User Defined Route (UDR) in Microsoft Azure

The flow of communication between Virtual Machine within VNet is possible because Azure uses a series of system routes to define how IP traffic flows. Although the use of system routes facilitates traffic automatically for your deployment, there are cases in which you want to control the routing of packets through a virtual appliance. You can do so by creating user defined routes that specify the next hop for packets flowing to a specific subnet to go to your virtual appliance instead, and enabling IP forwarding for the VM running as the virtual appliance.

  • For each subnet you can attach a routing table
  • 256 routes per subnet
  • Depending on address prefix – go to the next hop
  • Can build topologies where you can put things like virtual network appliance, your own firewalls, force certain traffic to certain places

This section will demonstrate how to create User Defined Route(UR) in Microsoft Azure.

Pre-Requisites:

  • Azure subscription

Steps:

  1. Open the new Azure Portal. Authenticate to the portal and stay on the default page.
  2. Navigate to GitHub. Click on https://github.com/wasimbloch/Azure-User-Defined-Route to view the ARM template. Click on “Deploy to Azure” button.

  3. Once you click on the template, the blade will open to the parameter screen.
  4. Edit the parameters for the resource groups and resource group location. Keep the default values for the rest of the parameter or change as required.

  5. Click OK. Select the subscription. Select or create a new resource group. Select the resource group location. Accept the legal terms and click “buy”. Click create.
  6. If the deployment goes well, it will take approx. 15 minutes to deploy. You can also view the notifications in the global menu to view the status.
  7. Once the deployment is complete, you can view the resources created. This template creates a three virtual machines, three NIC with Public IP Address, default Network Security Group, Virtual network, standard storage and Route table with name as “BasicNVA-RT“.
  8. Route tables create the routes where packet hitting front end server (demovm0) will route though middle server (demovm1) before reaching to the backend server(demovm2). Next hope type will be “Virtual appliance”.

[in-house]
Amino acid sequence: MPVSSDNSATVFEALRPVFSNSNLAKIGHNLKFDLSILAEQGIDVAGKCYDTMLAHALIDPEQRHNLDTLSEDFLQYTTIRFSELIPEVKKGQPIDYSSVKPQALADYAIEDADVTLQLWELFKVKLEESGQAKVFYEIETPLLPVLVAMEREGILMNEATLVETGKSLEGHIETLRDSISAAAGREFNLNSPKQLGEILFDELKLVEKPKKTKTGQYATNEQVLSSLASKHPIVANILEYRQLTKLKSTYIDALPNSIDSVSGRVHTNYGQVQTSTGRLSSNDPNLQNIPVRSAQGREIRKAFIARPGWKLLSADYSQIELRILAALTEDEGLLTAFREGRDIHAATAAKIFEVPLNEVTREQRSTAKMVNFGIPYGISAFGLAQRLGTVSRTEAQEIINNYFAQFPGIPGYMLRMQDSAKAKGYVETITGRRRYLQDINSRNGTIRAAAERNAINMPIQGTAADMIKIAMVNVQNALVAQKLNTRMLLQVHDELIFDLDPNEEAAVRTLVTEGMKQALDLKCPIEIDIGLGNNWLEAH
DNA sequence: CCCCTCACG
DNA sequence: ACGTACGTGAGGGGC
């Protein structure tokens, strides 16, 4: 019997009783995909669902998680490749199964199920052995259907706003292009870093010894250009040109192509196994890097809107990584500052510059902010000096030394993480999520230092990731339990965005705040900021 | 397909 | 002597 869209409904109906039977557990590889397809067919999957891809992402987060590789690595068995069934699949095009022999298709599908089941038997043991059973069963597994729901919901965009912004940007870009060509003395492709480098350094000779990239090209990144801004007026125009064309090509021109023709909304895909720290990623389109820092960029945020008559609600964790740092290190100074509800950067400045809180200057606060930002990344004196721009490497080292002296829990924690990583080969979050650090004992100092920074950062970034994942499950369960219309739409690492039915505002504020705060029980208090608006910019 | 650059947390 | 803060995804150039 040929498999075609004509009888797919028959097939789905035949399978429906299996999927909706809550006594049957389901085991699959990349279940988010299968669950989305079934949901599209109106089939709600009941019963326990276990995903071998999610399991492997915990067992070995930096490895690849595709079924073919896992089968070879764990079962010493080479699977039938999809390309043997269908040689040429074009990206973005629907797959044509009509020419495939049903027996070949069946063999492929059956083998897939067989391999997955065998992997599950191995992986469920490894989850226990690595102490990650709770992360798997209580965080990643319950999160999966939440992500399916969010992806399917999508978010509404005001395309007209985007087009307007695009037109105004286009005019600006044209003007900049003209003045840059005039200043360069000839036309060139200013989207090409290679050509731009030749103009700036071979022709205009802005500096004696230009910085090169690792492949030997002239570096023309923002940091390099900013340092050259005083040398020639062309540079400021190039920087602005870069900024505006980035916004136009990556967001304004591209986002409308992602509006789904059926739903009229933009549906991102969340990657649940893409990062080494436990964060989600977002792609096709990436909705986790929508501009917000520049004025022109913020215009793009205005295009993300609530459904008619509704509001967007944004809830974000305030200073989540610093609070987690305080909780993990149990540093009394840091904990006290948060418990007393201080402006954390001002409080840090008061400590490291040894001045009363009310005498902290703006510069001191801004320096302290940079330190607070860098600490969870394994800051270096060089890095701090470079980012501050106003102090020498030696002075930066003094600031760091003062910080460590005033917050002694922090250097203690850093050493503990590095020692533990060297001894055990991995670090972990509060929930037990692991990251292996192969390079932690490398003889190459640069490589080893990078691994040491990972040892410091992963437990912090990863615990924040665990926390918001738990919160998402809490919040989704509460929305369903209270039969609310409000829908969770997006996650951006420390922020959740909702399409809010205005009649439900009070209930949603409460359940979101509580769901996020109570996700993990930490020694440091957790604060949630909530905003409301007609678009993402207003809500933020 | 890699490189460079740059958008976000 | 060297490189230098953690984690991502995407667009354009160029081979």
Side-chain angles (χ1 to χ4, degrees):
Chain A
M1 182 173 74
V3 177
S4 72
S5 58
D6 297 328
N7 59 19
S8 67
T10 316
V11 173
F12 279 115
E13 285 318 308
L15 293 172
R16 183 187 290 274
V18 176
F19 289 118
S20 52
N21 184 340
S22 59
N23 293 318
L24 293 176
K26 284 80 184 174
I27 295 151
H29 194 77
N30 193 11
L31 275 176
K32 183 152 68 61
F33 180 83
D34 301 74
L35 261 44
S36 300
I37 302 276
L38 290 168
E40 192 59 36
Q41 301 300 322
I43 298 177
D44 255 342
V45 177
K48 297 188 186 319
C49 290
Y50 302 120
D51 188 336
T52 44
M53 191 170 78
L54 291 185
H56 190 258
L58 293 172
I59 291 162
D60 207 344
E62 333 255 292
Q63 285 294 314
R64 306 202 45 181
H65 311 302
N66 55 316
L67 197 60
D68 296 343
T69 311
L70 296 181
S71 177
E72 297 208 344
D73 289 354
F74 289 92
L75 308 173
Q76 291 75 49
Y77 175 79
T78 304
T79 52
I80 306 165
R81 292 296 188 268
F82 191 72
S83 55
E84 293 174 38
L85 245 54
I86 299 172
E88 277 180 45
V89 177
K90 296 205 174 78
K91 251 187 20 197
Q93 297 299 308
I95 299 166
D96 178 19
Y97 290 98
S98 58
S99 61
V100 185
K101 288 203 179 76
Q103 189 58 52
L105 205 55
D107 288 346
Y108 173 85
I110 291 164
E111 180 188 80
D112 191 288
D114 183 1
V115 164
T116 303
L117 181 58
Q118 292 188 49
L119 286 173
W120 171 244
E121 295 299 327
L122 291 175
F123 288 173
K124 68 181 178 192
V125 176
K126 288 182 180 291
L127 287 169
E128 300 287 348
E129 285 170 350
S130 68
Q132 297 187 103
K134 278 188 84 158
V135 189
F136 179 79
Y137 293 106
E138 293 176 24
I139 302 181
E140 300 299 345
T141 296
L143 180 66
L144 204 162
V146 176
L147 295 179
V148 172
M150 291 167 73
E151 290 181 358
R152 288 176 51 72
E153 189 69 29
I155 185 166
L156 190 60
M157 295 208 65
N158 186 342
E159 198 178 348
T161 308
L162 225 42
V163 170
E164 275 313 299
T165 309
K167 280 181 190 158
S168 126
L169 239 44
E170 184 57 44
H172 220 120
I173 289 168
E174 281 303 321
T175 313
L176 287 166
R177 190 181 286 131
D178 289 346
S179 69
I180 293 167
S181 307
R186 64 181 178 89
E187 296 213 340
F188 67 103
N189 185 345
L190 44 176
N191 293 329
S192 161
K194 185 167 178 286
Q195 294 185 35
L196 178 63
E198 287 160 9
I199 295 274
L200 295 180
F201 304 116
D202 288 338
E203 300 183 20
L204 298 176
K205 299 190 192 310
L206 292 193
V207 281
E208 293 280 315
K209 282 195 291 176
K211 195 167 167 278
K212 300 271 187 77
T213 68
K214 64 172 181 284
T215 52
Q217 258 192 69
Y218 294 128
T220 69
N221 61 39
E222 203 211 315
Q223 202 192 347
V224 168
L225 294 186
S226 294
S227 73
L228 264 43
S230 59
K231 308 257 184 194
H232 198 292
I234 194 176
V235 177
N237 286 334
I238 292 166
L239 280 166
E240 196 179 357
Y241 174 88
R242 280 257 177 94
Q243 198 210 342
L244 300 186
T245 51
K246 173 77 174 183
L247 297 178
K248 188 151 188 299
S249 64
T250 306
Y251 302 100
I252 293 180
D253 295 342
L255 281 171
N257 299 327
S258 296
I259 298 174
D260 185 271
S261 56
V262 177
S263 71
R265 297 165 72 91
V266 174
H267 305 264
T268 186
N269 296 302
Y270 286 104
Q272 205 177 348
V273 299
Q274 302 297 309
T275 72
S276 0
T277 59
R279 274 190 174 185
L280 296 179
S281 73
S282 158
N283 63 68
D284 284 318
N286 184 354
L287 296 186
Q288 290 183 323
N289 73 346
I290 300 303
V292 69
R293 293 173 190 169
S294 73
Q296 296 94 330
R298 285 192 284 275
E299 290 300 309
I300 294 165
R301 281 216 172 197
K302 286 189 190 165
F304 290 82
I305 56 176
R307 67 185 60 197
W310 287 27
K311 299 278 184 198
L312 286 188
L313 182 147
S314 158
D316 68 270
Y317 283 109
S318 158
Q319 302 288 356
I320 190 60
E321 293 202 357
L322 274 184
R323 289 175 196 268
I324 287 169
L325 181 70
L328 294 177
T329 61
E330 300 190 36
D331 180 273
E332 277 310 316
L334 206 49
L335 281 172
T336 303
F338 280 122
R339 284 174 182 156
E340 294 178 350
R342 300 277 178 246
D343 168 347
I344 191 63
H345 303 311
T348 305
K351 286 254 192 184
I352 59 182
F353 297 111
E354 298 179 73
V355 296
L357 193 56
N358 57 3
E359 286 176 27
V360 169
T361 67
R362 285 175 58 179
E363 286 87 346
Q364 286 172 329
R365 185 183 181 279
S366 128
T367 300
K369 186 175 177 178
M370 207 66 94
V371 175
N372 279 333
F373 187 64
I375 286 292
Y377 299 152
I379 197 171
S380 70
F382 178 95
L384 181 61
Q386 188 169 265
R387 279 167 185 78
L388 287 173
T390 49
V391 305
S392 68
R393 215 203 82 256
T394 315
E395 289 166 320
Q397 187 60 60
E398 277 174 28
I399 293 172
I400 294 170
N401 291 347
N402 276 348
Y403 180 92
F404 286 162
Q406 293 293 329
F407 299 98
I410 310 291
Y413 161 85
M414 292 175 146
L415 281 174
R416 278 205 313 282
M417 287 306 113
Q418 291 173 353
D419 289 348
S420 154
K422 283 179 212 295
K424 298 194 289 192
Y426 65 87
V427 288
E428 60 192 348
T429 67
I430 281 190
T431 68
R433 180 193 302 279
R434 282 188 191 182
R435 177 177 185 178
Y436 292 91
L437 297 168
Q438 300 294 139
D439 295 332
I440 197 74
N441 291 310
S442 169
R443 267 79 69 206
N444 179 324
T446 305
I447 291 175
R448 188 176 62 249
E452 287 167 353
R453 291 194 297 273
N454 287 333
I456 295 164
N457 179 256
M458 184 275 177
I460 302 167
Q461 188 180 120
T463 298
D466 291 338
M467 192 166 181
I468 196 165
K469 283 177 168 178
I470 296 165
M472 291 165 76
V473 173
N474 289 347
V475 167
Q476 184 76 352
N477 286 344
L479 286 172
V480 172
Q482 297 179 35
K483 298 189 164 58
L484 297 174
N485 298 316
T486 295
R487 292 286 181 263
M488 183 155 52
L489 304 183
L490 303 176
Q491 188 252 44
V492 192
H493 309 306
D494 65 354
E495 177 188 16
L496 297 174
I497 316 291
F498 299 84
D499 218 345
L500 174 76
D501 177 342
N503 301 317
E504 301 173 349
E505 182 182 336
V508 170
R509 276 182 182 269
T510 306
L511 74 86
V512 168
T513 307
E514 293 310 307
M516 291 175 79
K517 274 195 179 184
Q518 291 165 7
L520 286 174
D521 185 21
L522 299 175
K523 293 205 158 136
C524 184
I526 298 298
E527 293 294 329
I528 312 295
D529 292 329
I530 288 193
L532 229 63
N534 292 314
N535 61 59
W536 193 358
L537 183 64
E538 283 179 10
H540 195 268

9. You can create additional routes rules if required as shown below.

  10. Important: to unable routing or IP forwarding on middle server or IP forwarding server, we must Install and Enable the Routing and Remote Access Service as described here.
  11. Now let us validate how UDR works. RDP to the demovm0 virtual machine using admin user/pwd credential.
  12. Open the command prompt inside the demovm0 machine, type the following command and hit enter.

    tracert <<IP Address of back end server>>

    e.g. tracert 10.1.2.4

  13. You notice that package request to the backend server (demovm2) is first reaching to the DemoVM1 (middle server or package audit server) before reaching to the back end server (demovm2).

Conclusion: One of the main reasons to create a user defined route is to forward traffic to a virtual appliance. A virtual appliance is nothing more than a VM that runs an application used to handle network traffic in some way, such as a firewall or a NAT device. This virtual appliance VM must be able to receive incoming traffic that is not addressed to itself. To allow a VM to receive traffic addressed to other destinations, you must enable IP Forwarding for the VM.